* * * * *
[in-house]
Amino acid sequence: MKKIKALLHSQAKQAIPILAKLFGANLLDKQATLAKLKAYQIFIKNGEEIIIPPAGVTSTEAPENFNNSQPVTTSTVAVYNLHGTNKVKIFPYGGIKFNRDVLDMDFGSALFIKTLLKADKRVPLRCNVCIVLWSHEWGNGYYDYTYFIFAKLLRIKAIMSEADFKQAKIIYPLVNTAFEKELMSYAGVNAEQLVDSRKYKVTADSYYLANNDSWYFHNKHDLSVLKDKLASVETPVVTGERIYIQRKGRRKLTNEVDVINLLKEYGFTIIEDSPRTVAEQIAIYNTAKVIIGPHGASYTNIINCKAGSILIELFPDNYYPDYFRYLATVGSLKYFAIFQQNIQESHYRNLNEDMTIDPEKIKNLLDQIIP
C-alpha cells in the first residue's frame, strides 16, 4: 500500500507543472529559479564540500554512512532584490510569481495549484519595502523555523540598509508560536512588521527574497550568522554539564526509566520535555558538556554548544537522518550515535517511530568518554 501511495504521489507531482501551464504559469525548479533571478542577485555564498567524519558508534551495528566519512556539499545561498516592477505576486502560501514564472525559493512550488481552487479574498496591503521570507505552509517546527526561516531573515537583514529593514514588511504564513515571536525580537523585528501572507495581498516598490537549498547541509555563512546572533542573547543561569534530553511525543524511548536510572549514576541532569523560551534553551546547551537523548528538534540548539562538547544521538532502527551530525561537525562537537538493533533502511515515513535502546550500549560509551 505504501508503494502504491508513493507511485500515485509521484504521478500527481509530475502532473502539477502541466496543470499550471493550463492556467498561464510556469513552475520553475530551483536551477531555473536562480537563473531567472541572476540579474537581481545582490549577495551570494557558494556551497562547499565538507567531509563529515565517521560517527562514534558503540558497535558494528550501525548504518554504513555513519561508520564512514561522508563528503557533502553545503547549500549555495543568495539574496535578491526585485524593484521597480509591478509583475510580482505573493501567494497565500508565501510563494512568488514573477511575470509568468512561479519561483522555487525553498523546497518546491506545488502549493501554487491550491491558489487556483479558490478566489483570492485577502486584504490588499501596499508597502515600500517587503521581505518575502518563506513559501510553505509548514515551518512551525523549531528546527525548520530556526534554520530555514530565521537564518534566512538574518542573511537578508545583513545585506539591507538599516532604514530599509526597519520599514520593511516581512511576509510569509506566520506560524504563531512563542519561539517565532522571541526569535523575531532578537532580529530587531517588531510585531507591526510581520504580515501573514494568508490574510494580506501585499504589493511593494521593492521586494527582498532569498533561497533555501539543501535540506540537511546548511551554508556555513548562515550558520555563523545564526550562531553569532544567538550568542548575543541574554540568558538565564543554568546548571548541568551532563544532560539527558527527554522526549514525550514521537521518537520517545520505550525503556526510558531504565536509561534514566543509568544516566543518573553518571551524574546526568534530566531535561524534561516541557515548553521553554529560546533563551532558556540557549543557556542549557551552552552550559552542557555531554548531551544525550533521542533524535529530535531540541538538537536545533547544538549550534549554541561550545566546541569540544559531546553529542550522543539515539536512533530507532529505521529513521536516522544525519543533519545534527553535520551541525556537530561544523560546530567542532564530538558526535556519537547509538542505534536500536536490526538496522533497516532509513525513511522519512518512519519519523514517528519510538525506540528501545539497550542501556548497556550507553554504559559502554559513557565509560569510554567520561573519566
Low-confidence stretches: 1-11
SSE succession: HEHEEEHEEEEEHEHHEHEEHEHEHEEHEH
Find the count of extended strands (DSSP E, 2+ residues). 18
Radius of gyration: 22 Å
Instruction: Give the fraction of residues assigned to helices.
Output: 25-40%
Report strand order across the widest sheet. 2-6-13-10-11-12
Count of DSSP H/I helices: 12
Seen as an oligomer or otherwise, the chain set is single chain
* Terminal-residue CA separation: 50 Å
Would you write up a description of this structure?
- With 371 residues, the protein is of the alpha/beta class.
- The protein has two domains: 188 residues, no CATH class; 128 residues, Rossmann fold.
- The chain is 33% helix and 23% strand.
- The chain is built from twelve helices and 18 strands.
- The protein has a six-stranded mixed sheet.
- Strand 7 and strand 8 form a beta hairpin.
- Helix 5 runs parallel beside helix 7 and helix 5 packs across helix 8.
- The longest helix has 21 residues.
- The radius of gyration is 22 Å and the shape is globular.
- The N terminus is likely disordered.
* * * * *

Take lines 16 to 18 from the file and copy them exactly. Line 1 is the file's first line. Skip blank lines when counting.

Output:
- The protein has two domains: 188 residues, no CATH class; 128 residues, Rossmann fold.
- The chain is 33% helix and 23% strand.
- The chain is built from twelve helices and 18 strands.